New Poll Finds Republicans and Democrats More Divided Than Ever on Climate Change

Graphic: Gallup

By Amy Lupica, ODP Staff Writer

Leading up to Earth Day and President Biden’s first Climate Summit on April 22, Gallup is releasing a series of environmental polls, and the latest has found that the opinion gap on climate change between Democrats and Republicans is only growing wider. Only 29% of Republicans believe that the effects of climate change are already in motion and overall public attitudes toward climate change haven’t increased much since 2016. This stagnation leaves experts wondering: with the country so divided, how will we begin now to contain the climate disaster just over the horizon?  Interestingly, 88% of ALL Americans believe global warming will eventually affect humans — including large majorities of Republicans (74%) and independents (89%).

Why This Matters: We’ve reported often on climate misinformation in the media, and this situation is no exception. Most individuals obtain information about global warming from news media, but studies have shown that climate coverage is virtually nonexistent in mainstream television news. In 2020, nightly and Sunday morning news shows on ABC, NBC, CBS, and Fox aired only 112 minutes of climate coverage and much of that coverage failed to mention links to public health or equity. The result? Americans aren’t equipped with the facts, impairing the public’s ability to understand, advocate for, and participate in climate action.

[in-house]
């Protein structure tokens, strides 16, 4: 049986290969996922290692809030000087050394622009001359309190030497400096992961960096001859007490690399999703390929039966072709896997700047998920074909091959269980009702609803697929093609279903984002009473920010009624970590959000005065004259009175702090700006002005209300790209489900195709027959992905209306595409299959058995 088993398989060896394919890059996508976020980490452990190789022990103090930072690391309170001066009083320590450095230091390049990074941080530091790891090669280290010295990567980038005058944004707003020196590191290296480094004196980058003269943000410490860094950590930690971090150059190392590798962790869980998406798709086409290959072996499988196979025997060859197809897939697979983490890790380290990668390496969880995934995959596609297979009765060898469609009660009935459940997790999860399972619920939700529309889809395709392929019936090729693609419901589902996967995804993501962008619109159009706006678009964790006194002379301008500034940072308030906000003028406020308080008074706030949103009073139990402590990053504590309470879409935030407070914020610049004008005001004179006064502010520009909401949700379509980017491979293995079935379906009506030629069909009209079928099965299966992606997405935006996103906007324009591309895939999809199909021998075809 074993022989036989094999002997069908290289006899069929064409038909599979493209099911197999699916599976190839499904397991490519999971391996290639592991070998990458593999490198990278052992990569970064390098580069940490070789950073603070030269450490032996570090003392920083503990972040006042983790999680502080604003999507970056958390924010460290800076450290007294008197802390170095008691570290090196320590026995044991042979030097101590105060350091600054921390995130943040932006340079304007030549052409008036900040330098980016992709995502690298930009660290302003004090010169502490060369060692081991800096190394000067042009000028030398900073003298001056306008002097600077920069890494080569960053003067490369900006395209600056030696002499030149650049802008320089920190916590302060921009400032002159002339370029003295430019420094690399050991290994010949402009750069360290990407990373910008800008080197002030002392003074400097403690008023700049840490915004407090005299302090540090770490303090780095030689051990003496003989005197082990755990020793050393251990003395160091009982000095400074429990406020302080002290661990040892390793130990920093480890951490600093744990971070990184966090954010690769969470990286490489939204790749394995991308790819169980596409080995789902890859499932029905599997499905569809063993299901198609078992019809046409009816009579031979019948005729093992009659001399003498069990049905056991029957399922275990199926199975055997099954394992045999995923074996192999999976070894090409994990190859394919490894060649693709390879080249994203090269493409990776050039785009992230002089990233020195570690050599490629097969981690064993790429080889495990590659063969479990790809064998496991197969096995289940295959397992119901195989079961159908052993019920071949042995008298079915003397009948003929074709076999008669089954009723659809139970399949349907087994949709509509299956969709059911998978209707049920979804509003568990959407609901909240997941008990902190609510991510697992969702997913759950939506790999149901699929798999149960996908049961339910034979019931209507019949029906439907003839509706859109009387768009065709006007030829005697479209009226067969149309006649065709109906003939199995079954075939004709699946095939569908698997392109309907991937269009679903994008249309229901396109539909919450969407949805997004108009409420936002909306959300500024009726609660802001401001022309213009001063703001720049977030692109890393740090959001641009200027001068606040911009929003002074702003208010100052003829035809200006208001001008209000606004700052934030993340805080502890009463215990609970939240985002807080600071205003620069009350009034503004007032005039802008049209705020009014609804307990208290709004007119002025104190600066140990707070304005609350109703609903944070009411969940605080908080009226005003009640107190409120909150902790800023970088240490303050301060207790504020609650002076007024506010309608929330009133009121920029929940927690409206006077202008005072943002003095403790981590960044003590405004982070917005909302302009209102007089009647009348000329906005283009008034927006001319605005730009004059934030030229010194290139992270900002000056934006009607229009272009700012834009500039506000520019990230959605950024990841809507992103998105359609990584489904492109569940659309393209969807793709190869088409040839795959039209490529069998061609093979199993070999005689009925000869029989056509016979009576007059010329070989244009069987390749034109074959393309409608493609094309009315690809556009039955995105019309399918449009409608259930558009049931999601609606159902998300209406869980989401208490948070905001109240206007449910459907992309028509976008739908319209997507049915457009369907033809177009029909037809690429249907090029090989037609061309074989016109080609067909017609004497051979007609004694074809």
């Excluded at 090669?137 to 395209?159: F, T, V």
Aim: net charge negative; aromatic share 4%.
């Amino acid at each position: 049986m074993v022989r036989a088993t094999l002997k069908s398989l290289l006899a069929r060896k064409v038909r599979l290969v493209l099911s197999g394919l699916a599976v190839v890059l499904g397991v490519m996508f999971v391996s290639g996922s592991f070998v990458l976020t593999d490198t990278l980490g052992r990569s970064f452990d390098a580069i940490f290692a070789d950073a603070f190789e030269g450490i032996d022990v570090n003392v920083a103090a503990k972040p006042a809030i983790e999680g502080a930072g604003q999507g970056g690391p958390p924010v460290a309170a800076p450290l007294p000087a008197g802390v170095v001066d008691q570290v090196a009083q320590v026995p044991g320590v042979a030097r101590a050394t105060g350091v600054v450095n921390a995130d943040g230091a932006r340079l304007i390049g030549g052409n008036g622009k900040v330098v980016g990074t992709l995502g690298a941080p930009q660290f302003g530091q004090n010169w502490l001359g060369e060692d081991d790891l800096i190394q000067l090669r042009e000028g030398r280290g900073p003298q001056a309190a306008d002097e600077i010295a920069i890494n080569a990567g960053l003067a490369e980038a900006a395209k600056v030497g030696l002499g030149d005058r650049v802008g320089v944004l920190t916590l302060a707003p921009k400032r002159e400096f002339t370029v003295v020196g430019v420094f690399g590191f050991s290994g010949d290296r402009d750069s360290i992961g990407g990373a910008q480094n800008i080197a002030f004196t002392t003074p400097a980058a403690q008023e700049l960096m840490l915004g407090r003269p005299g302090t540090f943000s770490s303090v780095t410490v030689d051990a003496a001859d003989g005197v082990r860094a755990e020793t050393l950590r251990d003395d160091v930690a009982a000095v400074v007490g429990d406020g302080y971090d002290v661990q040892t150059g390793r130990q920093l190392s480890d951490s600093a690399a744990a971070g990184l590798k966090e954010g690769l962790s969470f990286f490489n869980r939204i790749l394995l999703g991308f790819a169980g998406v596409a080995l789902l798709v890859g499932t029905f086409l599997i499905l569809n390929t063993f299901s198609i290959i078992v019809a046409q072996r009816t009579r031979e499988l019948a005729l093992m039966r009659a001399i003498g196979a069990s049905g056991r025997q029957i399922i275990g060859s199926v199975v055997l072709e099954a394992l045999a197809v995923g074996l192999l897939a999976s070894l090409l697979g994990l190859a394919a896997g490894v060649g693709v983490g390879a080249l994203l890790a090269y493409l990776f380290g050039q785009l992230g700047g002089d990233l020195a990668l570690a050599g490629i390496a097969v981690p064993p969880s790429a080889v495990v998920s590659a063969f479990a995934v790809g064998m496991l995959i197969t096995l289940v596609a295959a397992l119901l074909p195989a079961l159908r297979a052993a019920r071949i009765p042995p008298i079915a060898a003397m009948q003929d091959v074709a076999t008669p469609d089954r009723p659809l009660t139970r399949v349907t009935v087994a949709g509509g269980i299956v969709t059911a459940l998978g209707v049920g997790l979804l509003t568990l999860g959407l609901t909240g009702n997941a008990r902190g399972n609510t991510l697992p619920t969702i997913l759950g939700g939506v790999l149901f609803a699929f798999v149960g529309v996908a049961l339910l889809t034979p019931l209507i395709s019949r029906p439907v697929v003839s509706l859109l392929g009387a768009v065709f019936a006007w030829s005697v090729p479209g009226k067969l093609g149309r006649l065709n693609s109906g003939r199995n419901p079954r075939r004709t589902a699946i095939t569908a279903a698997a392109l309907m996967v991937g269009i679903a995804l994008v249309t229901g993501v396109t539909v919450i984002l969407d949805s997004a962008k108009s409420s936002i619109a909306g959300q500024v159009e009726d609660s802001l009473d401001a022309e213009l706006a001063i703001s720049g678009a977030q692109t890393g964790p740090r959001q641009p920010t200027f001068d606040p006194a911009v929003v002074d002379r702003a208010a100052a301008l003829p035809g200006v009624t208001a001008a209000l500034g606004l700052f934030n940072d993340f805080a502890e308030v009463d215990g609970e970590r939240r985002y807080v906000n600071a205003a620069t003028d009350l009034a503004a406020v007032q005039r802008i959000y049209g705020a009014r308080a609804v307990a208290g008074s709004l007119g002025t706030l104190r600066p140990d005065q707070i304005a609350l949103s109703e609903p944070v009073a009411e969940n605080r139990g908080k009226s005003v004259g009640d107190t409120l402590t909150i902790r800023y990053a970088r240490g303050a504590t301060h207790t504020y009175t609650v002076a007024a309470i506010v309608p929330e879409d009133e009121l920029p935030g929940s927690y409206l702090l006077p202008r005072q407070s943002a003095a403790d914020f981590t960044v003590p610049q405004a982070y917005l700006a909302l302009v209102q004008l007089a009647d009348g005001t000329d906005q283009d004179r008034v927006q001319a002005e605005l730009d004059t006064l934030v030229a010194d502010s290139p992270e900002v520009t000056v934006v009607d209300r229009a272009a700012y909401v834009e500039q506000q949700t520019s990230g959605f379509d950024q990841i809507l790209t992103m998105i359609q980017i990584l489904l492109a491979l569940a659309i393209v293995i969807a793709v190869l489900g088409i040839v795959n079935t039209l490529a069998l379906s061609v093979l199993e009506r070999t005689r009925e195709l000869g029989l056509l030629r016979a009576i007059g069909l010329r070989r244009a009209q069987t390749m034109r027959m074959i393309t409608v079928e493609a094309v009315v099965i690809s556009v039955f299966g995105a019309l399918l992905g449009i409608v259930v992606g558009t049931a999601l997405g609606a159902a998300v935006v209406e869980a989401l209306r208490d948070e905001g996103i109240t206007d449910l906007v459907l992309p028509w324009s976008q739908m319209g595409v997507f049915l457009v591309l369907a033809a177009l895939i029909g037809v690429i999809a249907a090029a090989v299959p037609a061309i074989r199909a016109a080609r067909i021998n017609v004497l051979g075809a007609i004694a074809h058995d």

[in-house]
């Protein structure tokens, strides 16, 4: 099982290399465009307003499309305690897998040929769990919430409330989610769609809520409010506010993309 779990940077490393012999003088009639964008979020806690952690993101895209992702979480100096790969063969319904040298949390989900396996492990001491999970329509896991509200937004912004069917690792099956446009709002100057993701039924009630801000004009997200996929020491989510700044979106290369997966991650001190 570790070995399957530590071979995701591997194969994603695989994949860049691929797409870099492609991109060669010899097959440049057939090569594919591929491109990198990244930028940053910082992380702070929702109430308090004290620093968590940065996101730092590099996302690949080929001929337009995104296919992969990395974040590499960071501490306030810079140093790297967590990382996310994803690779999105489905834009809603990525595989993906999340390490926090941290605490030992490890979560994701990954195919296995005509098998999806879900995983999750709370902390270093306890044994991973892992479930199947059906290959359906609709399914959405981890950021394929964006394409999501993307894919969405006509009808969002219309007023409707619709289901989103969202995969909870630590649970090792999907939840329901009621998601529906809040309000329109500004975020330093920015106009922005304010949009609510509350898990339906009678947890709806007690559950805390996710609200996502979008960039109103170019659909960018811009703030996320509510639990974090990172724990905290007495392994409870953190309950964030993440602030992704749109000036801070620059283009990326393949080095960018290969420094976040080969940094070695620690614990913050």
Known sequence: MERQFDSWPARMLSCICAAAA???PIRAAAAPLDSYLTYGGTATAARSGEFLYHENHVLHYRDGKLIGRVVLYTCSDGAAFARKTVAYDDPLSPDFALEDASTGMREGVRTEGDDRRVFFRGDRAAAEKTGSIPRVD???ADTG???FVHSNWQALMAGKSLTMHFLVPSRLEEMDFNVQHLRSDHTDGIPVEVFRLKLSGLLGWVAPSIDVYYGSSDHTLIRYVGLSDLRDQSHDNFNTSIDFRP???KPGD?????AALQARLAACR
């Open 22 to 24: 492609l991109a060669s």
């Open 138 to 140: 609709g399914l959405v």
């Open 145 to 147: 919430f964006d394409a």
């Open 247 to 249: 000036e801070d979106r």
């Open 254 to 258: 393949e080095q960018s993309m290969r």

By the Numbers

Perhaps the most disheartening result of the poll found that only 29% of Republicans believe that the effects of climate change “have already begun to happen,” down from 42% in 2008. 82% of Democrats, on the other hand, believe that the impacts of climate change are already in motion. Experts at Gallup trace this major divergence back to the anti-regulation rhetoric of the Reagan era and the rise of far-right pundits like Rush Limbaugh in the 1990s and again in the 2010s.

Potentially due to American news media’s perhaps overly “balanced” climate coverage that places climate denialists on equal platforms as scientists, the number of Republicans that believe climate change is man-made has actually decreased by 20% since the early 2000s. Now, only 32% of Republicans believe that global warming is caused primarily by human activity compared to 88% of Democrats.

Additionally, Republicans still don’t see global warming as an imminent threat, even as President Biden makes it his top priority aside from the pandemic. Two-thirds of Democrats believe that climate change presents a direct threat to themselves and their way of life but only 11% of Republicans feel the same.

What Does It All Mean?

Americans across the board are extremely divided on climate change even as governments across the world make pledges and develop plans. Despite nearly 9 in 10 Americans believing that they will see the impacts of global warming in their lifetimes, 36% still oppose reducing fossil fuel use. American media barely covers this global threat and experts worry that the continuously diverging opinions between parties will threaten the nation’s climate goals. Lydia Saad, a Senior Editor at Gallup, explains, “in pursuing new legislation to deal with climate change, the challenge for the Biden administration will be persuading enough Republican senators to support action to avoid a filibuster. That could be a tough sell since Republicans signing on to such legislation are likely to face blowback from the Republican base.”

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